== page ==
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San Luis Potosi

Continuing the sprint, I left Chiapas the next day, flying back to Mexico City to meet up with Tania, who would accompany me for the last leg of my trip. Together, we got a 9:00 pm bus out of Mexico City headed for San Luis Potosi. This would be my first experience with an overnight bus. The idea, of course, is to sleep overnight on the bus, arriving the next morning refreshed and ready to explore. In reality, the drive took a scenic route (not that the scenery is actually visible at 2 AM), winding through constant curves, lurching over the endless speed bumps, and delaying an extra hour after a tire blew out (at least that part of the ride was smooth). On top of all that, despite the 50 degree temperatures outside, the bus still blasted its a/c throughout. So, it goes without saying that we didn’t get a whole lot of sleep that night. Arriving around 8:00 AM at our hotel, we scrambled to get ready for the 9:00 AM tour. The first day’s tour would involve rappelling down a sheer rock wall alongside a waterfall.

My friend Tania rappelling down like a champ:

Day two: White water rafting on the Tampaon River. Normally you’d want the raft to be full for the stability. Tania and I rode up front. In one of the first few rapids, the raft tipped at a 45 degree angle, dumping both of us into the drink. Tania tumbled through the rapids but was quickly saved by the guide, while I floated a ways downstream, eventually getting pulled aboard by Tania.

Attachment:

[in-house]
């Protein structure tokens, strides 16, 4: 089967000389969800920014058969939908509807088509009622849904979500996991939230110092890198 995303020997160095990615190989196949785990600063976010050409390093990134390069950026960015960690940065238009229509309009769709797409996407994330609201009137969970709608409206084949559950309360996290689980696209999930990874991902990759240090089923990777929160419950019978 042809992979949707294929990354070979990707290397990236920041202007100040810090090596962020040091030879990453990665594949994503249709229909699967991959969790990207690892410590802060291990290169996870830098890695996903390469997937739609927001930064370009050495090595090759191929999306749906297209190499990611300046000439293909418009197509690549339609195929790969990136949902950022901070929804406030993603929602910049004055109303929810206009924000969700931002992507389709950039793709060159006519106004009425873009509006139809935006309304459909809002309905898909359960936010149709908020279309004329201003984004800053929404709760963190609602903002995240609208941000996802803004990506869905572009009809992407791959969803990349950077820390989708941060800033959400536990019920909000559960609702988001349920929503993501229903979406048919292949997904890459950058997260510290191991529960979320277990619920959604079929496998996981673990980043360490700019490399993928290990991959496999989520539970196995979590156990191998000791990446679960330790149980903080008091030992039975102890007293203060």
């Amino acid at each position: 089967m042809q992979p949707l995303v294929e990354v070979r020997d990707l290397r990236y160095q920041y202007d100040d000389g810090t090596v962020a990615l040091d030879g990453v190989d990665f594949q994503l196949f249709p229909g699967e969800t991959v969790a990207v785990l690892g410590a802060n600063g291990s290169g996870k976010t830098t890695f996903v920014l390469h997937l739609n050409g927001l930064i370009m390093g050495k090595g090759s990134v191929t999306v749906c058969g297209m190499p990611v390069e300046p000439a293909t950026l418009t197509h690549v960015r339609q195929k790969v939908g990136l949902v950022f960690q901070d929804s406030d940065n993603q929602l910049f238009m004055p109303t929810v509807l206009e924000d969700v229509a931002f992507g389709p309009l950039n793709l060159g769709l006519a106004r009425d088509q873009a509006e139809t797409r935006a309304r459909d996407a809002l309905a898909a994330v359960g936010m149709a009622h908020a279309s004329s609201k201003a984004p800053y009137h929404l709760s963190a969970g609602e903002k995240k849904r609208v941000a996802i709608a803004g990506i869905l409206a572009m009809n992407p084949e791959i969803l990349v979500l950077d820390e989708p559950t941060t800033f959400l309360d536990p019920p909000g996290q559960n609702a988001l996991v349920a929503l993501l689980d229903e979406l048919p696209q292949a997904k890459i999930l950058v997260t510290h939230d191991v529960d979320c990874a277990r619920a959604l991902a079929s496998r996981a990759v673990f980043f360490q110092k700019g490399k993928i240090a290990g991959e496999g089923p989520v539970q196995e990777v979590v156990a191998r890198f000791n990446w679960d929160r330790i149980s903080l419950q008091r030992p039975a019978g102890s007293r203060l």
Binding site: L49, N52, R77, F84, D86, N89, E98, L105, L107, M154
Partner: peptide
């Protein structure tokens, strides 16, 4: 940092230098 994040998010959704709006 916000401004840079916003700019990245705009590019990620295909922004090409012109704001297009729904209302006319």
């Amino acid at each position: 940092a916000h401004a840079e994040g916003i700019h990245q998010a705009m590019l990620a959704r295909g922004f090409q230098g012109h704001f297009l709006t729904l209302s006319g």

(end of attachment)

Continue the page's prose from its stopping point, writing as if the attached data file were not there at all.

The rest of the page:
Day three: On the final day of our trip through San Luis, we took a tour to the Las Pozas, Edward James' Surrealist Garden in the Mexican Jungle. Edward James was an eccentric British writer and millionaire who loved surrealistic art. Salvador Dalí described him as "crazier than all the Surrealists together". After a visit to Xilitla in the Huaxteca of San Luis, James became enchanted with the area, deciding that it would be the site where he would design a sculpture garden that defies any architectural label and brings his love of surrealism to life. I finally found a place more bizarre than Guanajuato.

Later that night, we hiked through the forest to arrive at a massive sinkhole called "Sótano de las Golondrinas", which means "Basement of the Swallows". To give an idea of the size, it could fit two Statues of Liberty inside. The cave gets its name from the thousands of green parakeets and white-collared swifts that live along its walls. Each day the birds fly in concentric circles up the cave shaft before the flocks come spilling out of the hole into the jungle. Each night, the opposite occurs, as the birds circle overhead before groups of 50 or so at a time dive bomb down into the shaft, pulling in their wings to make themselves more aerodynamic.

Picture here are two survivors of rappelling and rafting, one of whom is standing on their tip-toes trying to appear taller ;)

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